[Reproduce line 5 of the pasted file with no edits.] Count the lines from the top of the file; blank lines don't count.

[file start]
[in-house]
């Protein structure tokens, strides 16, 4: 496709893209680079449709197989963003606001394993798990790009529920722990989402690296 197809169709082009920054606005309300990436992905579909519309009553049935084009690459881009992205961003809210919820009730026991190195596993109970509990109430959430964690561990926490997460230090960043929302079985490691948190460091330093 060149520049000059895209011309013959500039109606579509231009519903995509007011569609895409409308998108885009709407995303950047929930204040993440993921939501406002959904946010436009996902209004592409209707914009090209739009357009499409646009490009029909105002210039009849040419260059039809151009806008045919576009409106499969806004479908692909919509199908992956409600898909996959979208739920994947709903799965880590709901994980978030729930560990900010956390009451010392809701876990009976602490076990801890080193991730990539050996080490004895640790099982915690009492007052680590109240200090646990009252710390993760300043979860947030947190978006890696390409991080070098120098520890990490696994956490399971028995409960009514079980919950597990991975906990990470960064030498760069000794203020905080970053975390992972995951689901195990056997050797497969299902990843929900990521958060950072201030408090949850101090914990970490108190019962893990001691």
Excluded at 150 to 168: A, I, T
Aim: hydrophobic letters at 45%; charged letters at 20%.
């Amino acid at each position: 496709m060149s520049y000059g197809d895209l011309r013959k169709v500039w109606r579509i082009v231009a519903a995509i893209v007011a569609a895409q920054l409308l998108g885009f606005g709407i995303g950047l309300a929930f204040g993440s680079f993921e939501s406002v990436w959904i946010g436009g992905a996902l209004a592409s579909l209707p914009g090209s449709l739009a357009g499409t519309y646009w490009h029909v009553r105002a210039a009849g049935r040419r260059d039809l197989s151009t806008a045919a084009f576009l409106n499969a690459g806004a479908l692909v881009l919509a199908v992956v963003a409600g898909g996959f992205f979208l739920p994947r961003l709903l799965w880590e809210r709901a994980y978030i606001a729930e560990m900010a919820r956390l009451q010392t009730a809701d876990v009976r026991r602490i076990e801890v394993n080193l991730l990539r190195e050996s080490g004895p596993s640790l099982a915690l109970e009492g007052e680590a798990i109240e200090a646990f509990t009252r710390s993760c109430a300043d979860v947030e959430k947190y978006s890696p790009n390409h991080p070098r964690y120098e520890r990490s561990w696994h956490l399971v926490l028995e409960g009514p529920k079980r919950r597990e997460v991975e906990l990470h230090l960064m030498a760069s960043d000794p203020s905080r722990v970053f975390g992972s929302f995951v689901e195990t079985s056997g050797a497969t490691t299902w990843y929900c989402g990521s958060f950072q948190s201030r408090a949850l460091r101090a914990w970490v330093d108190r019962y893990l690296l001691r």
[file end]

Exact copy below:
């Amino acid at each position: 496709m060149s520049y000059g197809d895209l011309r013959k169709v500039w109606r579509i082009v231009a519903a995509i893209v007011a569609a895409q920054l409308l998108g885009f606005g709407i995303g950047l309300a929930f204040g993440s680079f993921e939501s406002v990436w959904i946010g436009g992905a996902l209004a592409s579909l209707p914009g090209s449709l739009a357009g499409t519309y646009w490009h029909v009553r105002a210039a009849g049935r040419r260059d039809l197989s151009t806008a045919a084009f576009l409106n499969a690459g806004a479908l692909v881009l919509a199908v992956v963003a409600g898909g996959f992205f979208l739920p994947r961003l709903l799965w880590e809210r709901a994980y978030i606001a729930e560990m900010a919820r956390l009451q010392t009730a809701d876990v009976r026991r602490i076990e801890v394993n080193l991730l990539r190195e050996s080490g004895p596993s640790l099982a915690l109970e009492g007052e680590a798990i109240e200090a646990f509990t009252r710390s993760c109430a300043d979860v947030e959430k947190y978006s890696p790009n390409h991080p070098r964690y120098e520890r990490s561990w696994h956490l399971v926490l028995e409960g009514p529920k079980r919950r597990e997460v991975e906990l990470h230090l960064m030498a760069s960043d000794p203020s905080r722990v970053f975390g992972s929302f995951v689901e195990t079985s056997g050797a497969t490691t299902w990843y929900c989402g990521s958060f950072q948190s201030r408090a949850l460091r101090a914990w970490v330093d108190r019962y893990l690296l001691r």